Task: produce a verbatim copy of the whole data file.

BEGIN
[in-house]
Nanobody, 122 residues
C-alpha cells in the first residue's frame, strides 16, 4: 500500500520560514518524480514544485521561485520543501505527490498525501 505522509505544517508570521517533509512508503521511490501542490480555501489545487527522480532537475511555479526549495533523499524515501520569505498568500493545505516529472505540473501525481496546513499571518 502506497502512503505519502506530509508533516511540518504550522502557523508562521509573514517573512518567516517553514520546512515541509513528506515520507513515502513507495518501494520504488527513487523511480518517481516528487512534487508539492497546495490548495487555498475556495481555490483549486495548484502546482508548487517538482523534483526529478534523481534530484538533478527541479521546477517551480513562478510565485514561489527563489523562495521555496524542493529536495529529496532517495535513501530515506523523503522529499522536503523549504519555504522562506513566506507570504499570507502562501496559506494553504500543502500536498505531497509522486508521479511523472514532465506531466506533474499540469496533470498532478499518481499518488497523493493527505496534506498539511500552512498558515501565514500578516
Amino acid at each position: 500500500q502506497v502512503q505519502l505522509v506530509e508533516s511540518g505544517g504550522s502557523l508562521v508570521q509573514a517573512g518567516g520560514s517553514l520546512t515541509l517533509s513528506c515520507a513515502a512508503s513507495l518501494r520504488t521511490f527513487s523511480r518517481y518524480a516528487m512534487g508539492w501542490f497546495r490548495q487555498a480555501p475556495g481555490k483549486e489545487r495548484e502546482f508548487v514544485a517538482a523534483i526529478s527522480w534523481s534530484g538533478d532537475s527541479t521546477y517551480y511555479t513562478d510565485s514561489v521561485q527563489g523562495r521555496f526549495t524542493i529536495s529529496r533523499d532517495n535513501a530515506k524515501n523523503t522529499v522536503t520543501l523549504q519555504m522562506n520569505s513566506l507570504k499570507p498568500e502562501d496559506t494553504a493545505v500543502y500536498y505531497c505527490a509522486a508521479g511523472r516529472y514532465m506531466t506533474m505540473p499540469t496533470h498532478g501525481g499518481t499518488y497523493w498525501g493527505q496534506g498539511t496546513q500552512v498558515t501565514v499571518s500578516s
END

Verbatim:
[in-house]
Nanobody, 122 residues
C-alpha cells in the first residue's frame, strides 16, 4: 500500500520560514518524480514544485521561485520543501505527490498525501 505522509505544517508570521517533509512508503521511490501542490480555501489545487527522480532537475511555479526549495533523499524515501520569505498568500493545505516529472505540473501525481496546513499571518 502506497502512503505519502506530509508533516511540518504550522502557523508562521509573514517573512518567516517553514520546512515541509513528506515520507513515502513507495518501494520504488527513487523511480518517481516528487512534487508539492497546495490548495487555498475556495481555490483549486495548484502546482508548487517538482523534483526529478534523481534530484538533478527541479521546477517551480513562478510565485514561489527563489523562495521555496524542493529536495529529496532517495535513501530515506523523503522529499522536503523549504519555504522562506513566506507570504499570507502562501496559506494553504500543502500536498505531497509522486508521479511523472514532465506531466506533474499540469496533470498532478499518481499518488497523493493527505496534506498539511500552512498558515501565514500578516
Amino acid at each position: 500500500q502506497v502512503q505519502l505522509v506530509e508533516s511540518g505544517g504550522s502557523l508562521v508570521q509573514a517573512g518567516g520560514s517553514l520546512t515541509l517533509s513528506c515520507a513515502a512508503s513507495l518501494r520504488t521511490f527513487s523511480r518517481y518524480a516528487m512534487g508539492w501542490f497546495r490548495q487555498a480555501p475556495g481555490k483549486e489545487r495548484e502546482f508548487v514544485a517538482a523534483i526529478s527522480w534523481s534530484g538533478d532537475s527541479t521546477y517551480y511555479t513562478d510565485s514561489v521561485q527563489g523562495r521555496f526549495t524542493i529536495s529529496r533523499d532517495n535513501a530515506k524515501n523523503t522529499v522536503t520543501l523549504q519555504m522562506n520569505s513566506l507570504k499570507p498568500e502562501d496559506t494553504a493545505v500543502y500536498y505531497c505527490a509522486a508521479g511523472r516529472y514532465m506531466t506533474m505540473p499540469t496533470h498532478g501525481g499518481t499518488y497523493w498525501g493527505q496534506g498539511t496546513q500552512v498558515t501565514v499571518s500578516s